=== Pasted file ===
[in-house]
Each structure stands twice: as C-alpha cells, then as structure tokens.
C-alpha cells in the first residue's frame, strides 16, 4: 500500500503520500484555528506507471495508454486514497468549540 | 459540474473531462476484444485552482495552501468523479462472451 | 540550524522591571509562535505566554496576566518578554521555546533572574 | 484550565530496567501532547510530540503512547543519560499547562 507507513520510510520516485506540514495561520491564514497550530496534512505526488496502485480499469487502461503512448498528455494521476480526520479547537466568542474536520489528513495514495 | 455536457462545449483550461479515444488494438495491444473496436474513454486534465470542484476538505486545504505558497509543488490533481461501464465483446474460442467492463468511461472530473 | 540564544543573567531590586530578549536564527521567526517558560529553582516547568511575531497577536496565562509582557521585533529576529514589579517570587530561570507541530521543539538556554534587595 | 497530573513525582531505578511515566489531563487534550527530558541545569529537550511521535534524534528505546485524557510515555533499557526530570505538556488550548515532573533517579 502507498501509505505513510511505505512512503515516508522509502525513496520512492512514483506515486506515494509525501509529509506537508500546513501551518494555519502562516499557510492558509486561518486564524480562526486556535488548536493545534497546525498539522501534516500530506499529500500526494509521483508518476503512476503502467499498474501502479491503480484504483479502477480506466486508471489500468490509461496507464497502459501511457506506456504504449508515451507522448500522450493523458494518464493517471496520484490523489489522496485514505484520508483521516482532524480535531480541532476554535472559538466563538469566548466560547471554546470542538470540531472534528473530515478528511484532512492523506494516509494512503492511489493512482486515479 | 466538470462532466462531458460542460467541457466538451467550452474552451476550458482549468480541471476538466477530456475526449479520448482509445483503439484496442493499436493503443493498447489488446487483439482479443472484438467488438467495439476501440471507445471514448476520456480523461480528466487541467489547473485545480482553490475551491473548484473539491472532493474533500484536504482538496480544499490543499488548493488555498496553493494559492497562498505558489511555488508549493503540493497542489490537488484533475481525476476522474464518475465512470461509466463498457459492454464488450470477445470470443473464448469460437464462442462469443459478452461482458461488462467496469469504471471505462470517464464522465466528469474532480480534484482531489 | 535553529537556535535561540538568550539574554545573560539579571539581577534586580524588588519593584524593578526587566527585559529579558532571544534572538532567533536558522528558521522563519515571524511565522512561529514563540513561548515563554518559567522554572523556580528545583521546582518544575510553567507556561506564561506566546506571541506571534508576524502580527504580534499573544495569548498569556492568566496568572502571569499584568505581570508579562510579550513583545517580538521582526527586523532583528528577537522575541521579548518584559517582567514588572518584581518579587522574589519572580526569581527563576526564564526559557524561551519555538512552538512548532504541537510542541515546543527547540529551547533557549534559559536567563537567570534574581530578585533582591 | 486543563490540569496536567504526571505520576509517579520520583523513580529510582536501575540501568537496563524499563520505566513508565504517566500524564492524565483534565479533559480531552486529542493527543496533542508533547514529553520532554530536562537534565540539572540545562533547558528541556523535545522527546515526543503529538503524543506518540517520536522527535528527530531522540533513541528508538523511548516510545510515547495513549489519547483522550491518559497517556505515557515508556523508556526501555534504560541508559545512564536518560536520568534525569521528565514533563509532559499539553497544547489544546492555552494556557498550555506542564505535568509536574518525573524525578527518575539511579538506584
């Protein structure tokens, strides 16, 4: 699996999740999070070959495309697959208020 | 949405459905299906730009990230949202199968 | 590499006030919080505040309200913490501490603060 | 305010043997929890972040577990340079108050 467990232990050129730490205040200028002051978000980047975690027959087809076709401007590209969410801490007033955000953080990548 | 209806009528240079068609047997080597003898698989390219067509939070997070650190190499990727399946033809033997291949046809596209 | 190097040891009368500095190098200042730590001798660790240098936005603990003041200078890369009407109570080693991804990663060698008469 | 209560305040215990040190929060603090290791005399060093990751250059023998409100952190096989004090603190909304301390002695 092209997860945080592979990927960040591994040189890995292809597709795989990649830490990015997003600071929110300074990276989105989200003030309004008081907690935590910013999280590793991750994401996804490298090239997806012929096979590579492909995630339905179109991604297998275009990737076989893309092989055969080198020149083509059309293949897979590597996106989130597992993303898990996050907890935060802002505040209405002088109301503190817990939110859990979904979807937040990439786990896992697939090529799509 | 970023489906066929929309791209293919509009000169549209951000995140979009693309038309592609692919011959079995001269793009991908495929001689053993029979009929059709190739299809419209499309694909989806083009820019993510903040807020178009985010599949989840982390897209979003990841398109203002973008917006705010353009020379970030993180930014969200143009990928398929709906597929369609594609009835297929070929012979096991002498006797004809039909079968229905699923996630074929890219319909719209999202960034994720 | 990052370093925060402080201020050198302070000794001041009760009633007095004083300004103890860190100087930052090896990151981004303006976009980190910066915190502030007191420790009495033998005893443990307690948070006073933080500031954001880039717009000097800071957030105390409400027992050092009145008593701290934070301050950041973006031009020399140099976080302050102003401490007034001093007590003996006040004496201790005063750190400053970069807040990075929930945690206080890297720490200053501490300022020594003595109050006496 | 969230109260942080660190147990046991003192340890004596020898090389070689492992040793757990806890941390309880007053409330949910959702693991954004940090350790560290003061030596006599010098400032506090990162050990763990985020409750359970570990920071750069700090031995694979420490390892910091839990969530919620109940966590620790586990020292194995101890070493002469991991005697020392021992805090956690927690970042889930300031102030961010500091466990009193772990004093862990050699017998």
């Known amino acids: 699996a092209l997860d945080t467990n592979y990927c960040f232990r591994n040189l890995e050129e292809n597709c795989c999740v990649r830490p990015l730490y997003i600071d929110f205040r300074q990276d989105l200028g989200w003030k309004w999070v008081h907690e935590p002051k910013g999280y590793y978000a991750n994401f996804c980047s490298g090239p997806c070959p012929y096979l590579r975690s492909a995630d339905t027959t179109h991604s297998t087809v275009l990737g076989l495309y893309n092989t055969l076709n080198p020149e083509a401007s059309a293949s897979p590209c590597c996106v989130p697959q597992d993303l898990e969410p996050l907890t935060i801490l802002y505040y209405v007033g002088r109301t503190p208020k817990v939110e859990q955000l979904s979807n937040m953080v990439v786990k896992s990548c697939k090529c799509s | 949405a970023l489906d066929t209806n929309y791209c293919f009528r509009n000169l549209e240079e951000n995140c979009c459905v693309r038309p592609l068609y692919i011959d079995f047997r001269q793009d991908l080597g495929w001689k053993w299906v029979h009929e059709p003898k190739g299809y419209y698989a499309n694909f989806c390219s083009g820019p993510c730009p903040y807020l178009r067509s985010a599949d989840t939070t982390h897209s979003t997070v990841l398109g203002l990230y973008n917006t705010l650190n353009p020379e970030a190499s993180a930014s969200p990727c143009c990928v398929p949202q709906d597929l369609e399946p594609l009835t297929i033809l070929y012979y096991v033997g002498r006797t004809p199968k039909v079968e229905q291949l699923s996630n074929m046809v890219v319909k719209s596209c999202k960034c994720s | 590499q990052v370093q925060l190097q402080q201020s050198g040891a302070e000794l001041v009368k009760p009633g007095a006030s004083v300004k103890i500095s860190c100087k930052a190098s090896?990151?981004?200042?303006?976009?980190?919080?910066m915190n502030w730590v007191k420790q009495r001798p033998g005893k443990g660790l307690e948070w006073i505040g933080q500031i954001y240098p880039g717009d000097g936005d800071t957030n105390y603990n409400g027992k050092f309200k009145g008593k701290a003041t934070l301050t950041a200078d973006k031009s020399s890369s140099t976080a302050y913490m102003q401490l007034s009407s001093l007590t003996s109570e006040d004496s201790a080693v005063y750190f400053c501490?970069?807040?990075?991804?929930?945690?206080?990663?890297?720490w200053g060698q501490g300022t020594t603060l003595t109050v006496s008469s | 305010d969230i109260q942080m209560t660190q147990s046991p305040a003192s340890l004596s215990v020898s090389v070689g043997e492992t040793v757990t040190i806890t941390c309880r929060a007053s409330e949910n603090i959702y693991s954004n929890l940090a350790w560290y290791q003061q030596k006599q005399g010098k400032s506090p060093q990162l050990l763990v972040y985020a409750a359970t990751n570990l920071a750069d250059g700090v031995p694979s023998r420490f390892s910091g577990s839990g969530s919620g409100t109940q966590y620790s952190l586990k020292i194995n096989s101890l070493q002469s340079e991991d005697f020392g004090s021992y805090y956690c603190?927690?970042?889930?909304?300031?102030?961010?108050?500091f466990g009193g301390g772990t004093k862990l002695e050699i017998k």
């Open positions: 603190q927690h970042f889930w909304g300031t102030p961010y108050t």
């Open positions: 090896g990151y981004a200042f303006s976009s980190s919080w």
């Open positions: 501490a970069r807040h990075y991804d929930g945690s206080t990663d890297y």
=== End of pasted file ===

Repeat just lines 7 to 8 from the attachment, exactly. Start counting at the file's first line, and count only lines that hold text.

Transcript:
């Open positions: 090896g990151y981004a200042f303006s976009s980190s919080w």
């Open positions: 501490a970069r807040h990075y991804d929930g945690s206080t990663d890297y």